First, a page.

Dr Than Htut Aung and his editorial staff have campaigned enthusiastically, with candour and boldness, for transparency and government accountability against the repressive political atmosphere since the media group was founded 13 years ago.
While he may describe Myanmar's moves towards democracy in the past two years as "amazing", Dr Aung warns that the process is now under threat. "If Myanmar goes backwards, it will be due to corruption," he has said, reflecting a sense of uncertainty about the road to full democracy.
As a student of medicine, Than Htut Aung won a place at a university in England in 1988, but the military junta refused to issue him a passport. He spent a number of years in business before an opportunity to hire a publishing license led to the creation of the First Eleven Sports Journal.
The newspaper began with a staff of just three and an initial print run of 5,000 copies. As a weekly journal, it captured readers' imaginations in a repressive, autocratic environment, with Dr Than and his writers cleverly crafting political messages into their football articles. "Man in the middle - the referee is 'not fair'" was one headline. "Football is played not just among the 22 but all the audience” another, both analogies for parliamentary politics.
Readers young and old came to love this political overtone. Not unexpectedly, in 2003, Eleven Media’s offices were raided by military intelligence officers after the title ran a series of articles on a civilian massacre. Dr Than was briefly arrested. Also in 2003, one of its editors was sentenced to death over a story alleging misuse of an international grant. The sentence was later commuted to three years in prison.
Media censorship in the following year was intense. Eleven was portrayed as the "symbol of protest”. It soon boasted a staff of 50 and distribution grew to 12,000 copies. The reading public became more visibly interested in politically inspired football articles. Still unable to get a license to publish a daily, Dr Than launched its flagship news-weekly in 2005.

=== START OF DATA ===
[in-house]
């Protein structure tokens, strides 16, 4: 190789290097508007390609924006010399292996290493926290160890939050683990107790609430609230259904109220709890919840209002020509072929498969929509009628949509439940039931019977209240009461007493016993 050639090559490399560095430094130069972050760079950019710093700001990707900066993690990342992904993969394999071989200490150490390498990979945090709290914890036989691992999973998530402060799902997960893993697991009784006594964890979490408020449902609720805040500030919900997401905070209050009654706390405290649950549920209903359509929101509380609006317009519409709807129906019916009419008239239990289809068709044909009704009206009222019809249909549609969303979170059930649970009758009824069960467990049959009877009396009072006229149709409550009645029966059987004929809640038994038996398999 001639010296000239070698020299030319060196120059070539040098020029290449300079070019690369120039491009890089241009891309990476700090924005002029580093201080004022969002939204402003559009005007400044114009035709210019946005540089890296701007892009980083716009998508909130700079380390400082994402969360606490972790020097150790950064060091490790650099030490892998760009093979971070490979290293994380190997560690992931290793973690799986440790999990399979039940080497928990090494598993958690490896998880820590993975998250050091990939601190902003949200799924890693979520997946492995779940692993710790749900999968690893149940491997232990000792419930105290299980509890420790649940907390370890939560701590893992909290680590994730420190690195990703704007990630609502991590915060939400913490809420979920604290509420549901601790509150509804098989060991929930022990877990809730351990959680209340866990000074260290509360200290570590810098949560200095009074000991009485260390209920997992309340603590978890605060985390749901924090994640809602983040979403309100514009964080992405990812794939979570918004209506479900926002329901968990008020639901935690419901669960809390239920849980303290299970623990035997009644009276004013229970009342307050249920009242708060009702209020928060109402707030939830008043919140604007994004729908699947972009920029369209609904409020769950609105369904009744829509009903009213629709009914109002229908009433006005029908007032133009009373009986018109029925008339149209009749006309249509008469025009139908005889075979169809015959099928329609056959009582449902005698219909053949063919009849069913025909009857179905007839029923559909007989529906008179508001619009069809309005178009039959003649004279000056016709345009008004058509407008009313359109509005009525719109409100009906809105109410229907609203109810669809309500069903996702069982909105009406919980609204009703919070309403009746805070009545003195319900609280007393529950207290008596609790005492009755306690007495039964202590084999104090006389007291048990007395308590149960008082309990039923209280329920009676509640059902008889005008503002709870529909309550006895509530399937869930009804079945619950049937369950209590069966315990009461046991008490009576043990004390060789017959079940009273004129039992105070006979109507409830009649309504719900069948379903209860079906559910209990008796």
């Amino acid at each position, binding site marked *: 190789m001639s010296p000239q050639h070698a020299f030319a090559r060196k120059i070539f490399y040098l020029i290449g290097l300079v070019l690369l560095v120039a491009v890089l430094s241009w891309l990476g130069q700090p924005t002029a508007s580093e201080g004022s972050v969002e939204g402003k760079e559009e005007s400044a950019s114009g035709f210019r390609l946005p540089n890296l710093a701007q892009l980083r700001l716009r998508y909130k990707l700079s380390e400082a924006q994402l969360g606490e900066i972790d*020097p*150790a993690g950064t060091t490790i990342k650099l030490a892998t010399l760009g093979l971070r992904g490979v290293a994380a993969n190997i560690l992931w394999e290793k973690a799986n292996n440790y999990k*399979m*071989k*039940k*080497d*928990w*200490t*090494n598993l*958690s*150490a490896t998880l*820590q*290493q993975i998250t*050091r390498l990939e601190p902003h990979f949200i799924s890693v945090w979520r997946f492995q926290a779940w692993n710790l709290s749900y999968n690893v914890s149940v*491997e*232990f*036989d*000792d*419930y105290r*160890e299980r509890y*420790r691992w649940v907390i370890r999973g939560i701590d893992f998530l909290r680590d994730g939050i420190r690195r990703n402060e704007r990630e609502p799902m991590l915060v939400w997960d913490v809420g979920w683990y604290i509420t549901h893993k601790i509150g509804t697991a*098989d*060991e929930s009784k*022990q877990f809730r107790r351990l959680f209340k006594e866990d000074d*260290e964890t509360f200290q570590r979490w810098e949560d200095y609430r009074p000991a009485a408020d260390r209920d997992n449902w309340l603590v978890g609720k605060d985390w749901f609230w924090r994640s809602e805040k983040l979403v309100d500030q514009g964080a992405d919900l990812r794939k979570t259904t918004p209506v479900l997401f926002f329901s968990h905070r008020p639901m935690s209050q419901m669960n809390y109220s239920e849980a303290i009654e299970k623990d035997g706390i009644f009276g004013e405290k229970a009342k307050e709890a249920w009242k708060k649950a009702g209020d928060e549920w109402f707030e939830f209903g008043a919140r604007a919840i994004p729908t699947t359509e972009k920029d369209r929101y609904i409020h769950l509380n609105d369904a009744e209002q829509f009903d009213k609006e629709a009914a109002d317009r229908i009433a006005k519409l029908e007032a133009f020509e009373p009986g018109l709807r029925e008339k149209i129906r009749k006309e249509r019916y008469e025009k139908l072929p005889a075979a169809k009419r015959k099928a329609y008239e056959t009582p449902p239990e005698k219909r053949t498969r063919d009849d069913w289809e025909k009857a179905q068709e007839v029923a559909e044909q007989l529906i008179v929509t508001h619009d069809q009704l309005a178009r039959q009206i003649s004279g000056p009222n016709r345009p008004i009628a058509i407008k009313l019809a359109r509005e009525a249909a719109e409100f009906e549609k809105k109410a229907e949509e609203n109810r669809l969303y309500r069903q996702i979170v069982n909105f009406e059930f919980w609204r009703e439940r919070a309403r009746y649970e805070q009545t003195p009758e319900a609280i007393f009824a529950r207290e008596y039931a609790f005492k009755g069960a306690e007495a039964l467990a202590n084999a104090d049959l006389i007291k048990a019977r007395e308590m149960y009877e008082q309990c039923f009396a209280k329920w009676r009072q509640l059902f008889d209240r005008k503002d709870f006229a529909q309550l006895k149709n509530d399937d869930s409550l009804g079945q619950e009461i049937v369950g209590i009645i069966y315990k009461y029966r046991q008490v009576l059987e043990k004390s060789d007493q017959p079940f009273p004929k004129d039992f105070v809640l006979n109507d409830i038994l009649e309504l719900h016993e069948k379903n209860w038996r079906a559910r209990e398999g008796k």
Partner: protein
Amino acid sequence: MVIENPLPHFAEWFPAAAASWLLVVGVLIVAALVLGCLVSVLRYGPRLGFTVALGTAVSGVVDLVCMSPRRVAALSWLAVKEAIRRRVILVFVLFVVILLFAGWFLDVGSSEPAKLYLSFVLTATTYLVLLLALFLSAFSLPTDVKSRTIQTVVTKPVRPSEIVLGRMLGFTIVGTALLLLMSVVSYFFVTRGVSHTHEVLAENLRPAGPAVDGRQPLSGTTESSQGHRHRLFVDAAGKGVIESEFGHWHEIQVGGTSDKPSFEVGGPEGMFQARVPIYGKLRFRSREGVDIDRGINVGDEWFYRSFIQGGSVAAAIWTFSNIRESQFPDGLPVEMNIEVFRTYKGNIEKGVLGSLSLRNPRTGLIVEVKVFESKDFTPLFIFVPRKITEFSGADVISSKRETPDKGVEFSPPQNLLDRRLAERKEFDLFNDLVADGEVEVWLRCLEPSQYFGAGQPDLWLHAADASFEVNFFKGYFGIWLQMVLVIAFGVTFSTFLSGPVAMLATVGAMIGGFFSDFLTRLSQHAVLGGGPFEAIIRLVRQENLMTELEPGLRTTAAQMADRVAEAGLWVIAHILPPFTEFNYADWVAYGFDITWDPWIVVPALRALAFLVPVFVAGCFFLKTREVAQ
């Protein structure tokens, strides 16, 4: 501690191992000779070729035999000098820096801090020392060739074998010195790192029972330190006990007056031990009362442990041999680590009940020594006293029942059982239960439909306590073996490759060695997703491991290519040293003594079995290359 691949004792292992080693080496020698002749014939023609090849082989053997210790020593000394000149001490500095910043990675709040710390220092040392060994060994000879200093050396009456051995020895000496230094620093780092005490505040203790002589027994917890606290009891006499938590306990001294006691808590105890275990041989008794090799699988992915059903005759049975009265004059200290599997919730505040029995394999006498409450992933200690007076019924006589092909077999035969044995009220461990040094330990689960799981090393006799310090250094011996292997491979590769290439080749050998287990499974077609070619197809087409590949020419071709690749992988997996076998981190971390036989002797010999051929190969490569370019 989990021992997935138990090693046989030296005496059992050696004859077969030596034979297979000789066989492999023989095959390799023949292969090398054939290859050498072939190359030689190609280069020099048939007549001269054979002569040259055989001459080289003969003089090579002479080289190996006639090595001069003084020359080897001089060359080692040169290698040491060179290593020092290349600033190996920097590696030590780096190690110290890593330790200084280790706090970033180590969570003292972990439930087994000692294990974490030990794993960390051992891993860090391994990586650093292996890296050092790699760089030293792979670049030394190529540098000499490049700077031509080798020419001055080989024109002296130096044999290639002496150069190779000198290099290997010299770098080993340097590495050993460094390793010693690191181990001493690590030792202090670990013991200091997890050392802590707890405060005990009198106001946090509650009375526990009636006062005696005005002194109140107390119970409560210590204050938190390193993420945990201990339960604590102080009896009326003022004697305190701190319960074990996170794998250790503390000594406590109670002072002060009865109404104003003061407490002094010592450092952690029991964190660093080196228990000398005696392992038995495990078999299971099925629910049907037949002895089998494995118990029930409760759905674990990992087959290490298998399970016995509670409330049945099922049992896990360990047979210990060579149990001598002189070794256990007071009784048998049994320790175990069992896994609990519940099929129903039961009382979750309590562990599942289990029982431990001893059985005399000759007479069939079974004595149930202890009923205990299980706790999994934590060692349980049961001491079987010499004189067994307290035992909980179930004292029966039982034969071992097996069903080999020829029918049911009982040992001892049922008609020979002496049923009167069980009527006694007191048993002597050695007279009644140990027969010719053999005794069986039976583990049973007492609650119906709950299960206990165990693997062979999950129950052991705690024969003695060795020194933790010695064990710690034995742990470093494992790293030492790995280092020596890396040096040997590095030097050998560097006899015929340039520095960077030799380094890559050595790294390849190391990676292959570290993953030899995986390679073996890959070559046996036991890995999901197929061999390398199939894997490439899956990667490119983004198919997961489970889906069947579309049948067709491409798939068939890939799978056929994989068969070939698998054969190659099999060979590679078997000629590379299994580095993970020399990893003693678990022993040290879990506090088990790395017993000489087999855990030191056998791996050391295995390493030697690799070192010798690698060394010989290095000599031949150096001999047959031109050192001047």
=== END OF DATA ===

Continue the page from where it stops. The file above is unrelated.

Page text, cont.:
Official censorship prevailed with sports articles taking one to two days for approval, three to five days for other types of articles. "We had to be clever and careful," Dr Than has said. "There are some good guys in the military intelligence service...some military intelligence officers are very intelligent."
After 2005, the censorship situation improved somewhat with the responsibility transferred from the Interior Ministry to the Information Ministry. By that time, Eleven Media was publishing four days a week, four different titles (as private dailies were banned).
Following the election in 2010 after which a new government was installed under President General Thein Sein, Dr Than took on the task of convincing the government to pursue a dialogue with the Opposition, including Aung San Suu Kyi, and to reach out to the international community.
In November 2010, the paper was banned from publishing for two weeks because of this sneaky sports headline that heralded Aung San Suu Kyi’s release from house arrest: the words "Su free, unite and advance to grab the hope" are hidden in a sports headline.
At Eleven Media Group’s 11th anniversary celebration in June 2011, Htut Aung tested the newfound freedom of Myanmar’s press by openly opposing the controversial Myitsone Dam project for being an environmentally disastrous undertaking by a government that assumed little accountability. He criticised the government, saying it wasn't showing any serious consideration for the livelihood and welfare of the people, and questioned the country’s heavy dependence on China, noting that it posed an imminent threat because a weak Myanmar could not resist dominance by its giant neighbour.
The Myanmar government responded to the public's growing restlessness over the project. It took the unprecedented step of announcing a temporary suspension of dam construction. Eleven Media journalists undertook a further investigation and reported that construction was still on-going in early 2012, despite the "stop" order. The exposé pressured the government to declare a permanent suspension.
In November 2011, at a reception to mark 11.11.11, Than Htut Aung took the bold steps of reserving seats for the imprisoned 88 Generation students group leaders and asking the government to free them all.
Today, as a market leader in Myanmar, Eleven employs 140 reporters and has a staff of over 450. It began publishing daily on 3 May 2013, appropriately, World Press Freedom Day, and also operates SMS mobile services and an English website.
Visit elevenmyanmar.com for more of the Eleven story.